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Jason Mefford: it’s it’s a bringing together of kind of everything, for me, because it’s it’s almost like you’re you’re listening to a native American flute and then there’s some sounds in there that are almost like.

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Jason Mefford: science fiction spacey kind of stuff that’s that goes in there as well, and i’m sure again that’s that’s all on purpose.

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Jason Mefford: As well as your yes you’re kind of creating the music and doing that, but just love how there’s so many different instruments in sounds with your music as well.

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Joseph Young: So, two of my early influences that I think really shaped my.

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Joseph Young: You know how and why and how I write my music was van jealous and Mannheim steamroller and both of those chip Davis, who is who is Mannheim steamroller.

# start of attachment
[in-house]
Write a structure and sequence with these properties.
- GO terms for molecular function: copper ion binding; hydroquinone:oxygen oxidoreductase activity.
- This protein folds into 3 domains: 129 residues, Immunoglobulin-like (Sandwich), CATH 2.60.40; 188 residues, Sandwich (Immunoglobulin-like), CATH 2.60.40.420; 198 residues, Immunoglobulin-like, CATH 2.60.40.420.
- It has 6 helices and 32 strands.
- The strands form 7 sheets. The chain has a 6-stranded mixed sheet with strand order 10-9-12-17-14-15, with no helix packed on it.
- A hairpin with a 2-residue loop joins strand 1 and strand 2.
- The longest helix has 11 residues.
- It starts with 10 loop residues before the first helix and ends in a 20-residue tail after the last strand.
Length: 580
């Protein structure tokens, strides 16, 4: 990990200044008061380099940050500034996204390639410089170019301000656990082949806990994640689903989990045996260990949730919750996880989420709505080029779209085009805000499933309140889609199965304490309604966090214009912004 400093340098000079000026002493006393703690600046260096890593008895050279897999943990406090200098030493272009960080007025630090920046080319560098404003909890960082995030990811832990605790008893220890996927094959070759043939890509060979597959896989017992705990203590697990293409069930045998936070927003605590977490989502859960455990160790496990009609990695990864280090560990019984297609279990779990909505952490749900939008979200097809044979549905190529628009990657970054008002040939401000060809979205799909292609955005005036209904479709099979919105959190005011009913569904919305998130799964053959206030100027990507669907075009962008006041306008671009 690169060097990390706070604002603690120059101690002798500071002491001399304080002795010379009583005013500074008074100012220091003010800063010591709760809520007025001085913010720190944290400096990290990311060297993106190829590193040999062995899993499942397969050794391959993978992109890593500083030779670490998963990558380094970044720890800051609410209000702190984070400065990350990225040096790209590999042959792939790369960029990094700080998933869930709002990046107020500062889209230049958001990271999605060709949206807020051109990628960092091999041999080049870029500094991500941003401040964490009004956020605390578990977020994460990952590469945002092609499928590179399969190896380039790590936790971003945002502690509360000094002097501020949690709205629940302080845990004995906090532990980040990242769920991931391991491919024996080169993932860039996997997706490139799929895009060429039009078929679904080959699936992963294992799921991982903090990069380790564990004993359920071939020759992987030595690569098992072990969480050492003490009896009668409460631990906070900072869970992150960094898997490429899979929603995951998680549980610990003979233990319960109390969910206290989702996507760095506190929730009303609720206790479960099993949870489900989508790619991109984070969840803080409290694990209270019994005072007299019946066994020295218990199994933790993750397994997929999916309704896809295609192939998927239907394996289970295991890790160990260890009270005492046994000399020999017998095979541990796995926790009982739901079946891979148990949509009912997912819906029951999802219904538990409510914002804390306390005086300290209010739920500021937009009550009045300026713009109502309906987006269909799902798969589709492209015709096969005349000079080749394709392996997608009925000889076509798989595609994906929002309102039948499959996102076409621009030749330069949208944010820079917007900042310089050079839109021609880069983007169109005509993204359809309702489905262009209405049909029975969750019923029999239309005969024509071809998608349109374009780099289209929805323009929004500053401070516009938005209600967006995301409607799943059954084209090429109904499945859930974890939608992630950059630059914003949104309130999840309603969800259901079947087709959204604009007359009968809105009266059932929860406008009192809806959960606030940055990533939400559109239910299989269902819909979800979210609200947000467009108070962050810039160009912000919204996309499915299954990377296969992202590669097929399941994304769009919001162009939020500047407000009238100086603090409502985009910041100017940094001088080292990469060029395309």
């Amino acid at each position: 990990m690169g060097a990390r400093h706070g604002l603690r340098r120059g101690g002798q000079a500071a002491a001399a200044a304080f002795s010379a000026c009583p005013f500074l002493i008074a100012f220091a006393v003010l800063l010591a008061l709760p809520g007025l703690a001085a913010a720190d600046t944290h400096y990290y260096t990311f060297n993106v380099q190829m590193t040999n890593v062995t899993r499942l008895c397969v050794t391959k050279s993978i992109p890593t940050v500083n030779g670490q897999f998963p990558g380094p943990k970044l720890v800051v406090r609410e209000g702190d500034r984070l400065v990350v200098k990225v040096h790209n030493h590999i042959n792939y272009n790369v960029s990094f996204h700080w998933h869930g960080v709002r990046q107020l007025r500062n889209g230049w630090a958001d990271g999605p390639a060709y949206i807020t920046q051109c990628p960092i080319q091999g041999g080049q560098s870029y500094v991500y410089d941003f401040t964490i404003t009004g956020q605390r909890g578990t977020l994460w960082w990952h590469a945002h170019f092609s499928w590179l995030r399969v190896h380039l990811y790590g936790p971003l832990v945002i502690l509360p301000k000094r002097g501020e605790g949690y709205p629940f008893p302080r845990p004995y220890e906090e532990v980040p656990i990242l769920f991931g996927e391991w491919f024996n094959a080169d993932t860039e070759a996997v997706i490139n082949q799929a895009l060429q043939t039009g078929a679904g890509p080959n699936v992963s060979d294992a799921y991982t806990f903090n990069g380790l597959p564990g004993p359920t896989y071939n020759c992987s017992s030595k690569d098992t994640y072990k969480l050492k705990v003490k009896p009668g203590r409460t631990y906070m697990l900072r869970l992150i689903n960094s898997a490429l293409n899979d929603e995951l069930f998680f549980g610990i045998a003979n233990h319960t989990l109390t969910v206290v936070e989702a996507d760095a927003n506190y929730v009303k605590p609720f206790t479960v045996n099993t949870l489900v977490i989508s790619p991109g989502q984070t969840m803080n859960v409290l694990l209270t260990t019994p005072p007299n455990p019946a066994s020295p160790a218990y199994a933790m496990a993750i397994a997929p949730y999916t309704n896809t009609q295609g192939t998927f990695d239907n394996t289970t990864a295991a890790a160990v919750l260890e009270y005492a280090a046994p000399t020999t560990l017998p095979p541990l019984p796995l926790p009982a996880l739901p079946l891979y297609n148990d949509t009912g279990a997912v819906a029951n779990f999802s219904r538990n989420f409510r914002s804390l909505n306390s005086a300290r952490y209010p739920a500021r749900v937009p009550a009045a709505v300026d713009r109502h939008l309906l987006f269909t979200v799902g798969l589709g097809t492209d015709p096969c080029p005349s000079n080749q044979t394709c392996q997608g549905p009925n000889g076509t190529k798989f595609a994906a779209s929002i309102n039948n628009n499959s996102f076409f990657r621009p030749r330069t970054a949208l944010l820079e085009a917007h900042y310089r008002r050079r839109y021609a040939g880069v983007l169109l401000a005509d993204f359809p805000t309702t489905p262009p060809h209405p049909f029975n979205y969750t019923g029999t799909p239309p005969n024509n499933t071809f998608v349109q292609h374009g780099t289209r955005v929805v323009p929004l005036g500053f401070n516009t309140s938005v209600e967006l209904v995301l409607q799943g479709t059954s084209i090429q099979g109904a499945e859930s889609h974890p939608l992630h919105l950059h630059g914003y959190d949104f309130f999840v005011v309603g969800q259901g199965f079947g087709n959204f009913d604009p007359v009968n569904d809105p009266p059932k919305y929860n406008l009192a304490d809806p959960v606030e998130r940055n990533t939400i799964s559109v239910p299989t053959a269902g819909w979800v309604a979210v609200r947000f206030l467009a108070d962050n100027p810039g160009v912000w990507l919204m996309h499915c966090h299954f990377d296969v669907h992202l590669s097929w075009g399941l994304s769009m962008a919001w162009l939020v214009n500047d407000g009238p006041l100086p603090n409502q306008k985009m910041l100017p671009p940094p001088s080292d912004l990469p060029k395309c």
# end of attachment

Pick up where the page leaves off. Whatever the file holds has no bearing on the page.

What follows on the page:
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Joseph Young: chip Davis and Ben jealous both do exactly you said they use a lot of sounds they use a lot of different things together there’s many layers and early on, I just really got a liking to putting things together, that you don’t always hear together every day.

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Jason Mefford: yeah well and it’s it’s you know I like to listen to your music i’ve been i’ve been doing it, since we kind of.

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Jason Mefford: reconnected on Facebook, a few years ago and saw what you’re actually doing i’ve been listening to some of it in.